Don’t let your credit score come between you and your valentine

Here are 4 tips to help you improve your score: Come on and admit it, both men and woman want to receive something on Valentine’s Day and both feel the pressure to spend serious money to make their partners feel loved. The ultimate test of intimacy is financial disclosure between you and your partner. Here are some valuable credit tips to improving your credit score before you go out and splurge on that romantic dinner and gifts this Valentine’s Day: Your Credit Limits vs. How Much You Owe
Divide the total combined balances on your credit cards by your total credit limits. This is your credit utilization ratio, and the lower it is, the better. One way to pump up your credit score in the month of love is to decrease that percentage. Pay off as much of those outstanding balances as possible. Payments made by the account’s statement date — not necessarily its due date — should reflect on your score as soon as the creditor reports the activity.
Make Timely Payments
If you don’t have a credit card yet, now’s the time to apply. If you don’t yet have a credit history and find it hard to get approved, a secured card can get you started. Make regular and timely payments to begin building a good credit history and credit score.
If you already have credit cards but your payment history is dragging down your score, dedicate the new year to meticulously making every payment on time. If you make more than minimum payments to whittle down your credit utilization ratio in the process, that’s even better. Check for Inaccuracies on Your Credit Report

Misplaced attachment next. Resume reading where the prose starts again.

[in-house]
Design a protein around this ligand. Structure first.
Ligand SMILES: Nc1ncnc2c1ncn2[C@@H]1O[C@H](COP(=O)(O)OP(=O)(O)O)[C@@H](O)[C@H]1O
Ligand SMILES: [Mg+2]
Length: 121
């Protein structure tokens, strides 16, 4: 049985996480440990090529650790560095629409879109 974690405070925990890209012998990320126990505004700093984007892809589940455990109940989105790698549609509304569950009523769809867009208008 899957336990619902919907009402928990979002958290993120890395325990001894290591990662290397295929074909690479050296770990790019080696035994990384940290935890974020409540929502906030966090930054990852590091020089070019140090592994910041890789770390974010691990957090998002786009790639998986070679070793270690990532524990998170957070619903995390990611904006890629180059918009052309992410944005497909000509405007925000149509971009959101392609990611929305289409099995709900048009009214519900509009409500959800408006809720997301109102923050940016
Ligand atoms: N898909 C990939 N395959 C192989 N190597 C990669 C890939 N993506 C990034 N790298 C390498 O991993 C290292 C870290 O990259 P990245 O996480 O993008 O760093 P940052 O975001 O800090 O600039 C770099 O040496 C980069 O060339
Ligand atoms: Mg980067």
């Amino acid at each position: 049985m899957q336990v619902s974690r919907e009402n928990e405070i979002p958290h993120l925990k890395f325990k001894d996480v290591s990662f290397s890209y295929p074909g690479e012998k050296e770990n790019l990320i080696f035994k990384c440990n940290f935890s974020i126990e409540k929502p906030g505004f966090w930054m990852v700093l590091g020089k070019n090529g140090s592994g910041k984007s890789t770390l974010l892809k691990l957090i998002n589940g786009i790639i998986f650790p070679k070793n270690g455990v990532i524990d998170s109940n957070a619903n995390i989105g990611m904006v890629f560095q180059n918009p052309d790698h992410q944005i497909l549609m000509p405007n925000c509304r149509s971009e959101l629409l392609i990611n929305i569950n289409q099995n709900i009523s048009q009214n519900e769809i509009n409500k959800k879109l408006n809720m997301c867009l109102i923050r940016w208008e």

Get a copy of your credit report, and go over it with a fine-toothed comb. You’re entitled to one free credit report every year. A creditor may have reported that you made a payment late when you didn’t. Look for accounts that you never took out or don’t recognize. You can dispute this kind of inaccurate information, and getting it removed from your credit report should improve your score.
Don’t Close Accounts
Resist closing accounts, even if they have zero balances because you haven’t used the card in forever. The longevity of your credit history affects your score — the longer the better. Even if an older credit card is collecting dust in your wallet, keeping the account open works in your favor. Don’t close an account that has a balance because the balance will still be there while the credit limit goes away, and this will affect your credit utilization ratio.